Insurers continue to vent dissatisfaction that they are not being heard as decisions on international accounting standards take shape.
During a recent forum on fair value accounting standards sponsored by New York-based TIIA-CREF, Paul Volcker, chairman of the trustees of the International Accounting Standards Committee and former chairman of the Board of Governors of the Federal Reserve System, was made aware that insurers feel they are not part of the process to develop accounting standards they would be required to follow.
Insurers do not have the access to the International Accounting Standards Board that banks have been afforded, contended Doug Barnert, president of Barnert Global, Ltd., New York.
Additionally, Barnert expressed concern that insurers are being disadvantaged by a lack of openness under the current process. “It is a board that is theoretically open but is really closed in many ways,” Barnert said.
For instance, he noted that unlike the open educational sessions of the Financial Accounting Standards Board, Norwalk, Conn., which establishes U.S. accounting standards, IASB board educational sessions are closed.
Additionally, he continued, insurers can submit comment letters and documents, but often decisions are made before there is a chance to read and comprehend them thoroughly.
Volcker said he “resists the notion” that the board is more concerned about banks than insurers.
There is enormous pressure, he explained, for the IASB to prepare standards to meet deadlines established by the European Union commission.
Those standards take a fair value approach to accounting. Fair value, as described by Douglas Fore, assistant director and senior research fellow at TIAA-CREF Institute in a May 2003 research paper, is “the amount for which an asset could be exchanged or a liability settled between knowledgeable, willing parties in an arms length transaction. In particular, the fair value of a liability is the amount that the enterprise would have to pay a third party at the balance sheet date to take over the liability.”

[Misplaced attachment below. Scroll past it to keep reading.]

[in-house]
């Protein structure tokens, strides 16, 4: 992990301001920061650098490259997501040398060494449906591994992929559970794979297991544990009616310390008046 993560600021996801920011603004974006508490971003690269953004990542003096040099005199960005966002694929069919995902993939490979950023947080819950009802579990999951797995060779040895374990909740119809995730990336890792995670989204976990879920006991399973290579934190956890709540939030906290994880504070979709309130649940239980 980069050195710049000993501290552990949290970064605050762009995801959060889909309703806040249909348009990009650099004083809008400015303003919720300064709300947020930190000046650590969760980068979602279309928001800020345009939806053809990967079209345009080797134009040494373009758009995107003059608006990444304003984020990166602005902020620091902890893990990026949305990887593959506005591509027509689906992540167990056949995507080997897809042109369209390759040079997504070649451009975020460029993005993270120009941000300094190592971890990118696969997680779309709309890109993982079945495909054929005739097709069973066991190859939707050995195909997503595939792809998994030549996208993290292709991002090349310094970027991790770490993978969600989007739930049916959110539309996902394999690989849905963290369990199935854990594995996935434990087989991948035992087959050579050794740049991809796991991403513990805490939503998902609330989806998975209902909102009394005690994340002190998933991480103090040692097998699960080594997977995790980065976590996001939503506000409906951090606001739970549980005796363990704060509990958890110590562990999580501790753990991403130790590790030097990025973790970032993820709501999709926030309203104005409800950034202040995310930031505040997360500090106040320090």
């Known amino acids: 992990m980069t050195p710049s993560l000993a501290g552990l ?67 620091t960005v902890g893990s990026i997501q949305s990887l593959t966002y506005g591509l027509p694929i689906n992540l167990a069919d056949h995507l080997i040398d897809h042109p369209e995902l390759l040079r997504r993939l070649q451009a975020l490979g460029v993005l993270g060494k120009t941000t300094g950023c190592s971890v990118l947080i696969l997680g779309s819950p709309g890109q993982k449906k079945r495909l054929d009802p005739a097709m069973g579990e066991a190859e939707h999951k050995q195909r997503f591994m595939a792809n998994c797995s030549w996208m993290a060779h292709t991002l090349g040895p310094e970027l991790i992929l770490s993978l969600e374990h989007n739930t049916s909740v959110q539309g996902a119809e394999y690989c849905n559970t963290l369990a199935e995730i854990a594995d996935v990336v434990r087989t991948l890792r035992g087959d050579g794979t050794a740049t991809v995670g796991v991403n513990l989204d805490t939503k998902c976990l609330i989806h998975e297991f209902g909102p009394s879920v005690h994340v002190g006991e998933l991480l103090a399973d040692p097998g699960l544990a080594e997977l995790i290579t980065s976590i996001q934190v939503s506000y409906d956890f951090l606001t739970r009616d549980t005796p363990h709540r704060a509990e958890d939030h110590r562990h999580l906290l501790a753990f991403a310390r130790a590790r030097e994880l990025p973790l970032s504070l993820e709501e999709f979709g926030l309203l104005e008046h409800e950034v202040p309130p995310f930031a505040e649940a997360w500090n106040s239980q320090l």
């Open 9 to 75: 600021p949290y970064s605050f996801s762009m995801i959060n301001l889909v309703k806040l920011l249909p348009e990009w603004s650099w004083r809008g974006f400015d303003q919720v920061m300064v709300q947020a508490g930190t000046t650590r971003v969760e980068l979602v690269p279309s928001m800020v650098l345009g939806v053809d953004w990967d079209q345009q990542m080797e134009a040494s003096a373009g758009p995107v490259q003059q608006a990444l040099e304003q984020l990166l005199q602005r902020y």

As Fore explains in his report, life insurance industry concerns caused the IASB to take a two-phase approach to the project: one that starts in 2005 and a second phase beginning in 2007. A release of the exposure draft on Phase I of the project is anticipated for 2004 with implementation in 2005, the report continues. However, since the report says two years of comparative data would be required, fair value results would need to be reported by year-end 2003.
Among the issues Fore touched on during the seminar was volatility. The question, he explained, is whether the new accounting procedures will create financial statement volatility or whether that volatility has been there all along and simply has been masked.
A spokesman for the American Council of Life Insurers, Washington, argued the former. Fair value accounting models are “potentially misleading” because they could produce volatile results, said James Renz, an ACLI senior accountant.
There is a lack of comparability between different financial statements under the fair value approach, Renz told attendees at the seminar. “Until there is a better alternative, there is the feeling that it is better to have the devil you know than the one that you dont.”
During the seminar the point was brought up about how CEOs of leading insurers participating in last Junes Geneva Association meeting felt the issue was important enough to be more directly involved.
After that meeting, a task force on accountancy was established and a survey is scheduled to be released by the end of June, according to a discussion during the seminar. In addition, there is the possibility that this initial survey could be expanded to include the opinion of companies of all sizes on how fair value accounting could be developed.
Panelists during the discussion indicated that a lack of dialogue with insurers could impede the development of international accounting standards for insurers.
Both insurers and international insurance regulators have been annoyed by the boards lack of responsiveness, according to the panel on the practitioner point of view.
Without the support of these two groups, the board will not be able to advance these standards, according to the panel.
And, even though the banks were able to express their concerns to the IASB, a number of their issues were not addressed, noted Barnert. So, if insurers are heard, they could face the same end result, he continued.
Barnert said that if dialogue does not improve and insurers did not endorse the standards, that would get the boards attention.
Reproduced from National Underwriter Edition, June 9, 2003. Copyright 2003 by The National Underwriter Company in the serial publication. All rights reserved. Copyright in this article as an independent work may be held by the author.